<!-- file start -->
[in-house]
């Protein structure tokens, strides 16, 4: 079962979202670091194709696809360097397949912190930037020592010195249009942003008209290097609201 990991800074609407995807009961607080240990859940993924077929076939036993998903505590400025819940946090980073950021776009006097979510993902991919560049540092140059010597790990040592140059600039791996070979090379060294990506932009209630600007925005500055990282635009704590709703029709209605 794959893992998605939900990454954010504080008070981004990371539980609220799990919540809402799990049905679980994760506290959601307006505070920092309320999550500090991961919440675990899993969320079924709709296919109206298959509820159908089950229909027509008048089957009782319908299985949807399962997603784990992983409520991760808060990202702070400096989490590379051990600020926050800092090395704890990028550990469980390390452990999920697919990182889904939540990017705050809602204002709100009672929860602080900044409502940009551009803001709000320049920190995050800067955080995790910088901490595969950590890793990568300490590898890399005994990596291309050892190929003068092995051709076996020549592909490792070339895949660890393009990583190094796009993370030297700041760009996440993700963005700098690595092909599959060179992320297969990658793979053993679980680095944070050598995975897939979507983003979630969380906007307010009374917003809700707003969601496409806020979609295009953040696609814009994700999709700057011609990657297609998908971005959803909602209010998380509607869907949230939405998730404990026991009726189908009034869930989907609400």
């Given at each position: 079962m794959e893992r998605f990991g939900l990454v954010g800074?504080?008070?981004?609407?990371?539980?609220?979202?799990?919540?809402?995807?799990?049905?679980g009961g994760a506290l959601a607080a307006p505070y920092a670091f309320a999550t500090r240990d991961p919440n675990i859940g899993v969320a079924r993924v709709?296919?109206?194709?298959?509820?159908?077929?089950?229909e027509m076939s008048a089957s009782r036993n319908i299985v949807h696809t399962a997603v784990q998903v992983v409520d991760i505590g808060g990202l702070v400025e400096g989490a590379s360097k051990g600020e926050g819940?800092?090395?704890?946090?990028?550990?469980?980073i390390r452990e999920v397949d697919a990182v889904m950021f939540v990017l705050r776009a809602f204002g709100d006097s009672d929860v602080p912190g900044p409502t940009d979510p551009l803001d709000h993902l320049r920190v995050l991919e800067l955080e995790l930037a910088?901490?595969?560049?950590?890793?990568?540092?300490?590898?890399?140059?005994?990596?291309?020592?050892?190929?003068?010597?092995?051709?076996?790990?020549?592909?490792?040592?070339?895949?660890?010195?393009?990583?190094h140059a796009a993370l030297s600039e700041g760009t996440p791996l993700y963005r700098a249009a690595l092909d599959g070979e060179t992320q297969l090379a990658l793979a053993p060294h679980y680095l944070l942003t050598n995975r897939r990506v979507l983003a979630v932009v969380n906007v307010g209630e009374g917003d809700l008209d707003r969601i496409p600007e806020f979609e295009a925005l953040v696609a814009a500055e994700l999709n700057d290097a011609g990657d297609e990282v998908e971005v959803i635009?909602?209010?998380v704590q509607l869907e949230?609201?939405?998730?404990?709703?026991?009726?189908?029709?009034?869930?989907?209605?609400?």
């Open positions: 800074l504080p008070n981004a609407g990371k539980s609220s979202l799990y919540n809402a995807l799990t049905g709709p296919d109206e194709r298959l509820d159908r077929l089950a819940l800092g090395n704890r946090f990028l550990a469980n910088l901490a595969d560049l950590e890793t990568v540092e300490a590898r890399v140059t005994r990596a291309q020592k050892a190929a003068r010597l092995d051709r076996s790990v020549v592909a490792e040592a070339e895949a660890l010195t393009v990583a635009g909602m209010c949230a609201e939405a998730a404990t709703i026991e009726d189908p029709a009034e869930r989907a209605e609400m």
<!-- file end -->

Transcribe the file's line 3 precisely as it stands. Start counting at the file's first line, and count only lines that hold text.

């Given at each position: 079962m794959e893992r998605f990991g939900l990454v954010g800074?504080?008070?981004?609407?990371?539980?609220?979202?799990?919540?809402?995807?799990?049905?679980g009961g994760a506290l959601a607080a307006p505070y920092a670091f309320a999550t500090r240990d991961p919440n675990i859940g899993v969320a079924r993924v709709?296919?109206?194709?298959?509820?159908?077929?089950?229909e027509m076939s008048a089957s009782r036993n319908i299985v949807h696809t399962a997603v784990q998903v992983v409520d991760i505590g808060g990202l702070v400025e400096g989490a590379s360097k051990g600020e926050g819940?800092?090395?704890?946090?990028?550990?469980?980073i390390r452990e999920v397949d697919a990182v889904m950021f939540v990017l705050r776009a809602f204002g709100d006097s009672d929860v602080p912190g900044p409502t940009d979510p551009l803001d709000h993902l320049r920190v995050l991919e800067l955080e995790l930037a910088?901490?595969?560049?950590?890793?990568?540092?300490?590898?890399?140059?005994?990596?291309?020592?050892?190929?003068?010597?092995?051709?076996?790990?020549?592909?490792?040592?070339?895949?660890?010195?393009?990583?190094h140059a796009a993370l030297s600039e700041g760009t996440p791996l993700y963005r700098a249009a690595l092909d599959g070979e060179t992320q297969l090379a990658l793979a053993p060294h679980y680095l944070l942003t050598n995975r897939r990506v979507l983003a979630v932009v969380n906007v307010g209630e009374g917003d809700l008209d707003r969601i496409p600007e806020f979609e295009a925005l953040v696609a814009a500055e994700l999709n700057d290097a011609g990657d297609e990282v998908e971005v959803i635009?909602?209010?998380v704590q509607l869907e949230?609201?939405?998730?404990?709703?026991?009726?189908?029709?009034?869930?989907?209605?609400?």